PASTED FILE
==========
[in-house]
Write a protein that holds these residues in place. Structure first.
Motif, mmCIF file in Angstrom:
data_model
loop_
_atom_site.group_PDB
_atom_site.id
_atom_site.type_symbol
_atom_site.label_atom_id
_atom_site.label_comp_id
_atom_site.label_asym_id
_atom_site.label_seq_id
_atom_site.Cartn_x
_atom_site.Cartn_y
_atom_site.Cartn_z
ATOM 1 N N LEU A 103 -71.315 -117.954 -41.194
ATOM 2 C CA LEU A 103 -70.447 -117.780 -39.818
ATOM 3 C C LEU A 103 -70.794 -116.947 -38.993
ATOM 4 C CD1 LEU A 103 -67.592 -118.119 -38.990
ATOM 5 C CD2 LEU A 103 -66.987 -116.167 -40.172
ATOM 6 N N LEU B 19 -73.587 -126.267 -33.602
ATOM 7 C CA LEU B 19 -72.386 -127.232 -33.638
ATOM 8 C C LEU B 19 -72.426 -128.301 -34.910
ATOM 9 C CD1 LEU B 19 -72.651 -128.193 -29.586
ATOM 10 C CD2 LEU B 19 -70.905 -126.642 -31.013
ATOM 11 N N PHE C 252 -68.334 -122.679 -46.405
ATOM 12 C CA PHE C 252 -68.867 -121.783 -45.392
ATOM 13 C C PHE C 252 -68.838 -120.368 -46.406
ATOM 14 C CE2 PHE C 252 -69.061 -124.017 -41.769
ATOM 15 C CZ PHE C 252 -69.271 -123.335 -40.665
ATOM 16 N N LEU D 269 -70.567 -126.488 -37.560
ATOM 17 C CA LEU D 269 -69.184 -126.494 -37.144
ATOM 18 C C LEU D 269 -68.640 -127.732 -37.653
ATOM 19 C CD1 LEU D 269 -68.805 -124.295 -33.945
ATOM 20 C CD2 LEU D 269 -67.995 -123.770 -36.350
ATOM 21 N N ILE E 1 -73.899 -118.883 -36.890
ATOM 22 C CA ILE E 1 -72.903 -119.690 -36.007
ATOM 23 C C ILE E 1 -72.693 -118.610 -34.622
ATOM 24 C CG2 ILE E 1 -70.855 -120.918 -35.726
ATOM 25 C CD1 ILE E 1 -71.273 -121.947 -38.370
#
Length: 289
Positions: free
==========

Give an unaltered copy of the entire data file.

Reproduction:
[in-house]
Write a protein that holds these residues in place. Structure first.
Motif, mmCIF file in Angstrom:
data_model
loop_
_atom_site.group_PDB
_atom_site.id
_atom_site.type_symbol
_atom_site.label_atom_id
_atom_site.label_comp_id
_atom_site.label_asym_id
_atom_site.label_seq_id
_atom_site.Cartn_x
_atom_site.Cartn_y
_atom_site.Cartn_z
ATOM 1 N N LEU A 103 -71.315 -117.954 -41.194
ATOM 2 C CA LEU A 103 -70.447 -117.780 -39.818
ATOM 3 C C LEU A 103 -70.794 -116.947 -38.993
ATOM 4 C CD1 LEU A 103 -67.592 -118.119 -38.990
ATOM 5 C CD2 LEU A 103 -66.987 -116.167 -40.172
ATOM 6 N N LEU B 19 -73.587 -126.267 -33.602
ATOM 7 C CA LEU B 19 -72.386 -127.232 -33.638
ATOM 8 C C LEU B 19 -72.426 -128.301 -34.910
ATOM 9 C CD1 LEU B 19 -72.651 -128.193 -29.586
ATOM 10 C CD2 LEU B 19 -70.905 -126.642 -31.013
ATOM 11 N N PHE C 252 -68.334 -122.679 -46.405
ATOM 12 C CA PHE C 252 -68.867 -121.783 -45.392
ATOM 13 C C PHE C 252 -68.838 -120.368 -46.406
ATOM 14 C CE2 PHE C 252 -69.061 -124.017 -41.769
ATOM 15 C CZ PHE C 252 -69.271 -123.335 -40.665
ATOM 16 N N LEU D 269 -70.567 -126.488 -37.560
ATOM 17 C CA LEU D 269 -69.184 -126.494 -37.144
ATOM 18 C C LEU D 269 -68.640 -127.732 -37.653
ATOM 19 C CD1 LEU D 269 -68.805 -124.295 -33.945
ATOM 20 C CD2 LEU D 269 -67.995 -123.770 -36.350
ATOM 21 N N ILE E 1 -73.899 -118.883 -36.890
ATOM 22 C CA ILE E 1 -72.903 -119.690 -36.007
ATOM 23 C C ILE E 1 -72.693 -118.610 -34.622
ATOM 24 C CG2 ILE E 1 -70.855 -120.918 -35.726
ATOM 25 C CD1 ILE E 1 -71.273 -121.947 -38.370
#
Length: 289
Positions: free